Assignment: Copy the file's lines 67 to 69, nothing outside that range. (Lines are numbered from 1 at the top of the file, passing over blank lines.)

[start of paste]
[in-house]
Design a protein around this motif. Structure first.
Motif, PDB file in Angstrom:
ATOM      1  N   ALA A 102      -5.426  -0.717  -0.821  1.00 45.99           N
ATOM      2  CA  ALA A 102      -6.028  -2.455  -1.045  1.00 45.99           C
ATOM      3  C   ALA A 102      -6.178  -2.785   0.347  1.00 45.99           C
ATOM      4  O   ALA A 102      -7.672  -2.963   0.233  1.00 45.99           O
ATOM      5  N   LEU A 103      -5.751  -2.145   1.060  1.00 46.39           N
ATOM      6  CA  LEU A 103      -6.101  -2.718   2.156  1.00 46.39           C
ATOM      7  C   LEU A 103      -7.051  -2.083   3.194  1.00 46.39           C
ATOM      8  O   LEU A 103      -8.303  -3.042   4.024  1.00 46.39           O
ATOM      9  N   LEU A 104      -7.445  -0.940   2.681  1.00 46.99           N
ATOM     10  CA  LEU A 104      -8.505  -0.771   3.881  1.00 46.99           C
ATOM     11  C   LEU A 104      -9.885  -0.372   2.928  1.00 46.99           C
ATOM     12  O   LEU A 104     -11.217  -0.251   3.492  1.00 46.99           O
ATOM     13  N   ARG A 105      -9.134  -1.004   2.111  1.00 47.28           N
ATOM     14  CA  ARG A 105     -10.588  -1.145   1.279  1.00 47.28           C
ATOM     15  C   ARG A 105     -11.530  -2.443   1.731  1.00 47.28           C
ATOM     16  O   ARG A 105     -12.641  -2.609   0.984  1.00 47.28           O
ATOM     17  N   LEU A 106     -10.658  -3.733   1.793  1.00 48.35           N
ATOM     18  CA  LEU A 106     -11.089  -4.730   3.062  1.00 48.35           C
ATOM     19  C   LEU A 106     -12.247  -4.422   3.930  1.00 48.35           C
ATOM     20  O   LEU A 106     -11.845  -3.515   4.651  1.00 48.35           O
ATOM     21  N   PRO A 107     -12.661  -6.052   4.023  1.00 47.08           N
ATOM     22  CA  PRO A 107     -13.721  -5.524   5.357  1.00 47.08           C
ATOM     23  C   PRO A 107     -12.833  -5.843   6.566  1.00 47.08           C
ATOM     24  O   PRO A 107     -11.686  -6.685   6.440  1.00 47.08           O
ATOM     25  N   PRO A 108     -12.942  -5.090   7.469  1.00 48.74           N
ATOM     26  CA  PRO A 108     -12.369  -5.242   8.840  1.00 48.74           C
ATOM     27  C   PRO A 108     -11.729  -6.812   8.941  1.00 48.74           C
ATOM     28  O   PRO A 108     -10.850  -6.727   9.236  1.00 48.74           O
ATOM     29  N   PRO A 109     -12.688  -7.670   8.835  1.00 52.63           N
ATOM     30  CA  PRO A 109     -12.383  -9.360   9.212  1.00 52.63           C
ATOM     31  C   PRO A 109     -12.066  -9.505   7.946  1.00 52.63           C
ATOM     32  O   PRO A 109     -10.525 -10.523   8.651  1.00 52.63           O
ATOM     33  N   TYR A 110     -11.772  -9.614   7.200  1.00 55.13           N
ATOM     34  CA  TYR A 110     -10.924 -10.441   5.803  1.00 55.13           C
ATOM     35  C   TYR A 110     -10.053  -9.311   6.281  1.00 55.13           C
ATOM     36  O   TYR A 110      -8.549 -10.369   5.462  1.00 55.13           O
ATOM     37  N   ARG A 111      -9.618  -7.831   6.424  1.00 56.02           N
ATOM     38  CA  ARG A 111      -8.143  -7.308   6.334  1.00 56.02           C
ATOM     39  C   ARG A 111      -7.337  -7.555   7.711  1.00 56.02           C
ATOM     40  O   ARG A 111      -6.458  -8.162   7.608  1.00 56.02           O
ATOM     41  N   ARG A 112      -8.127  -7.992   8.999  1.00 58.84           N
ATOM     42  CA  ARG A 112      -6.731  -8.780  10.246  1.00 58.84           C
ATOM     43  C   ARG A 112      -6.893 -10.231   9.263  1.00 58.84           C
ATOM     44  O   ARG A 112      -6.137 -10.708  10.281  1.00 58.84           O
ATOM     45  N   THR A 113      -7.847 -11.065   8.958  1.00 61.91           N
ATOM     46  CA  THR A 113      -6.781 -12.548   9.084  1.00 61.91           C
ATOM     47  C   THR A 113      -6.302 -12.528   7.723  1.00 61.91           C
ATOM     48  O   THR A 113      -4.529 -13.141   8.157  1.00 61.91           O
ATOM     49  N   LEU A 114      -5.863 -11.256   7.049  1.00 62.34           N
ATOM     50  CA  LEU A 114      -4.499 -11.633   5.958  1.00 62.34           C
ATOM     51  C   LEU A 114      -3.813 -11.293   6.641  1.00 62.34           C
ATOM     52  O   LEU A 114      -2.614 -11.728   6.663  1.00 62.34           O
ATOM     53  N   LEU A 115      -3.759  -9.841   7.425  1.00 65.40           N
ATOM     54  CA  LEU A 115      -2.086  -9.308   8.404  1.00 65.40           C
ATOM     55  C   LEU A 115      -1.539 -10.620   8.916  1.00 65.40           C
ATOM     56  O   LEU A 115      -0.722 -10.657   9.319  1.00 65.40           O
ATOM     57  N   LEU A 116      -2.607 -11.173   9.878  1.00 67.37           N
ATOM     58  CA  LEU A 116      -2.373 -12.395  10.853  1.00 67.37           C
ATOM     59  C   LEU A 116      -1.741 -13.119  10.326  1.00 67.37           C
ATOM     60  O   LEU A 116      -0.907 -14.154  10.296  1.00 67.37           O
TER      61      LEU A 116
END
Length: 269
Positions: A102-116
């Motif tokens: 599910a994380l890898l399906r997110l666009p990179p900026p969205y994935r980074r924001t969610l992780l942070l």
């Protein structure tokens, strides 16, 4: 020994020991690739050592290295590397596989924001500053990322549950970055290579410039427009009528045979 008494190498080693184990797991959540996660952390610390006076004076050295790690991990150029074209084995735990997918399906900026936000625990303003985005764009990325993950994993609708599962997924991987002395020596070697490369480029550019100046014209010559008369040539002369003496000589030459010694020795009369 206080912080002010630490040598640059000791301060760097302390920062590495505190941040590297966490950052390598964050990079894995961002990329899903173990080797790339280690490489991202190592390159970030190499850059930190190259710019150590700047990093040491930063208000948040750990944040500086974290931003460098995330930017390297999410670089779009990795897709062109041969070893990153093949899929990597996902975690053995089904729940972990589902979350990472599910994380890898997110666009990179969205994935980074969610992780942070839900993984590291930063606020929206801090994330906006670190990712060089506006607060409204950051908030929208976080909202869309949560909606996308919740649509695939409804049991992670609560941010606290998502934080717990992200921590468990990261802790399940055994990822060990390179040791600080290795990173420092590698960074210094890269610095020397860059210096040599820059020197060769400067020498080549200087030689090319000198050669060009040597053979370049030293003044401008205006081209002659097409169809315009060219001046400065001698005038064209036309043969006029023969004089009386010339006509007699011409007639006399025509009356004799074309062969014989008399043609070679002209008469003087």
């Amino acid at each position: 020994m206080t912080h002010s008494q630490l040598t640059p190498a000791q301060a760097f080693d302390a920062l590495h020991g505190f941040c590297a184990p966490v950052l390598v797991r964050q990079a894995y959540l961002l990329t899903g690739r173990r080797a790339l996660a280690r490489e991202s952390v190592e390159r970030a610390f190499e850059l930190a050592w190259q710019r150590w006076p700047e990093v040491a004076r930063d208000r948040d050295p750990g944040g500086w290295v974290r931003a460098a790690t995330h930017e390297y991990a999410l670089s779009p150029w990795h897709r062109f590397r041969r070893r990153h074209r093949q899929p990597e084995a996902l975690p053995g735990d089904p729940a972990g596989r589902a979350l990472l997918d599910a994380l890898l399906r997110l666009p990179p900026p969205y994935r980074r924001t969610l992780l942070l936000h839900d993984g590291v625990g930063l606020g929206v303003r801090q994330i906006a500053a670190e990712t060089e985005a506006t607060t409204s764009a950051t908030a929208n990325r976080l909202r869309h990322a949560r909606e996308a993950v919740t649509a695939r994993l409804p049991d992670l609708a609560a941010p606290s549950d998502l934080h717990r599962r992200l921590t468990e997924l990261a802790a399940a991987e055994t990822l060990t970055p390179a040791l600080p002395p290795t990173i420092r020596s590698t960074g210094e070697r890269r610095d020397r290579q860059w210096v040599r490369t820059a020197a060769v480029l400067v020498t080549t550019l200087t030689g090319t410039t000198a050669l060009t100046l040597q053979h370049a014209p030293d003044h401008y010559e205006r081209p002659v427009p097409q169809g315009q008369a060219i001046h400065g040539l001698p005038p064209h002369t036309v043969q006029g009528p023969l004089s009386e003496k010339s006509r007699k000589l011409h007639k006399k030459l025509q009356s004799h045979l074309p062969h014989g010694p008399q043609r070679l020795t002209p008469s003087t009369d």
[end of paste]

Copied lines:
Positions: A102-116
């Motif tokens: 599910a994380l890898l399906r997110l666009p990179p900026p969205y994935r980074r924001t969610l992780l942070l």
């Protein structure tokens, strides 16, 4: 020994020991690739050592290295590397596989924001500053990322549950970055290579410039427009009528045979 008494190498080693184990797991959540996660952390610390006076004076050295790690991990150029074209084995735990997918399906900026936000625990303003985005764009990325993950994993609708599962997924991987002395020596070697490369480029550019100046014209010559008369040539002369003496000589030459010694020795009369 206080912080002010630490040598640059000791301060760097302390920062590495505190941040590297966490950052390598964050990079894995961002990329899903173990080797790339280690490489991202190592390159970030190499850059930190190259710019150590700047990093040491930063208000948040750990944040500086974290931003460098995330930017390297999410670089779009990795897709062109041969070893990153093949899929990597996902975690053995089904729940972990589902979350990472599910994380890898997110666009990179969205994935980074969610992780942070839900993984590291930063606020929206801090994330906006670190990712060089506006607060409204950051908030929208976080909202869309949560909606996308919740649509695939409804049991992670609560941010606290998502934080717990992200921590468990990261802790399940055994990822060990390179040791600080290795990173420092590698960074210094890269610095020397860059210096040599820059020197060769400067020498080549200087030689090319000198050669060009040597053979370049030293003044401008205006081209002659097409169809315009060219001046400065001698005038064209036309043969006029023969004089009386010339006509007699011409007639006399025509009356004799074309062969014989008399043609070679002209008469003087």